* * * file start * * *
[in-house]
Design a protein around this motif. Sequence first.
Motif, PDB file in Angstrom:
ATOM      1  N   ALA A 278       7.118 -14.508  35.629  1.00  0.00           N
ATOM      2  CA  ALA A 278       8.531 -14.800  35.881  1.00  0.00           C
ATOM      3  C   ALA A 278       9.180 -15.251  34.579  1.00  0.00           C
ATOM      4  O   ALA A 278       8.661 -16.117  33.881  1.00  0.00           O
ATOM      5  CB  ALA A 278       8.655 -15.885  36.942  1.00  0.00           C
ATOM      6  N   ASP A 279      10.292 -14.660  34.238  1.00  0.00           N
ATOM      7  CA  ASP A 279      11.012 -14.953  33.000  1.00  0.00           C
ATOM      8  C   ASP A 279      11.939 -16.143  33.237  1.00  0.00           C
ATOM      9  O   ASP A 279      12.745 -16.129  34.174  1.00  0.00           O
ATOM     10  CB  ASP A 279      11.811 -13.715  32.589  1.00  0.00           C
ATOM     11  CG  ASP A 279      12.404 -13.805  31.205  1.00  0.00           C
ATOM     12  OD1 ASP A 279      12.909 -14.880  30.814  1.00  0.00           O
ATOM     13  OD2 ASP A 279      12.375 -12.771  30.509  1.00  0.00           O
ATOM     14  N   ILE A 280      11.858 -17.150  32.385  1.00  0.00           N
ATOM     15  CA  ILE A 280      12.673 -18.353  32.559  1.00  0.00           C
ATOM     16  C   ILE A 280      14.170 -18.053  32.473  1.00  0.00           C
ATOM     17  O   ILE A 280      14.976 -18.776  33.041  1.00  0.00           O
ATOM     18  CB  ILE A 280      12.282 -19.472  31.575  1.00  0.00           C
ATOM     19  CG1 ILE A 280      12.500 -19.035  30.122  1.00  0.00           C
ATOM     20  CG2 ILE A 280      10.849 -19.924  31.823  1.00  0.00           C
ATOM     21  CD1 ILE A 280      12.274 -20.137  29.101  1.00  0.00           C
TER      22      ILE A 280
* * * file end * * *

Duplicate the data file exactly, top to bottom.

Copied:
[in-house]
Design a protein around this motif. Sequence first.
Motif, PDB file in Angstrom:
ATOM      1  N   ALA A 278       7.118 -14.508  35.629  1.00  0.00           N
ATOM      2  CA  ALA A 278       8.531 -14.800  35.881  1.00  0.00           C
ATOM      3  C   ALA A 278       9.180 -15.251  34.579  1.00  0.00           C
ATOM      4  O   ALA A 278       8.661 -16.117  33.881  1.00  0.00           O
ATOM      5  CB  ALA A 278       8.655 -15.885  36.942  1.00  0.00           C
ATOM      6  N   ASP A 279      10.292 -14.660  34.238  1.00  0.00           N
ATOM      7  CA  ASP A 279      11.012 -14.953  33.000  1.00  0.00           C
ATOM      8  C   ASP A 279      11.939 -16.143  33.237  1.00  0.00           C
ATOM      9  O   ASP A 279      12.745 -16.129  34.174  1.00  0.00           O
ATOM     10  CB  ASP A 279      11.811 -13.715  32.589  1.00  0.00           C
ATOM     11  CG  ASP A 279      12.404 -13.805  31.205  1.00  0.00           C
ATOM     12  OD1 ASP A 279      12.909 -14.880  30.814  1.00  0.00           O
ATOM     13  OD2 ASP A 279      12.375 -12.771  30.509  1.00  0.00           O
ATOM     14  N   ILE A 280      11.858 -17.150  32.385  1.00  0.00           N
ATOM     15  CA  ILE A 280      12.673 -18.353  32.559  1.00  0.00           C
ATOM     16  C   ILE A 280      14.170 -18.053  32.473  1.00  0.00           C
ATOM     17  O   ILE A 280      14.976 -18.776  33.041  1.00  0.00           O
ATOM     18  CB  ILE A 280      12.282 -19.472  31.575  1.00  0.00           C
ATOM     19  CG1 ILE A 280      12.500 -19.035  30.122  1.00  0.00           C
ATOM     20  CG2 ILE A 280      10.849 -19.924  31.823  1.00  0.00           C
ATOM     21  CD1 ILE A 280      12.274 -20.137  29.101  1.00  0.00           C
TER      22      ILE A 280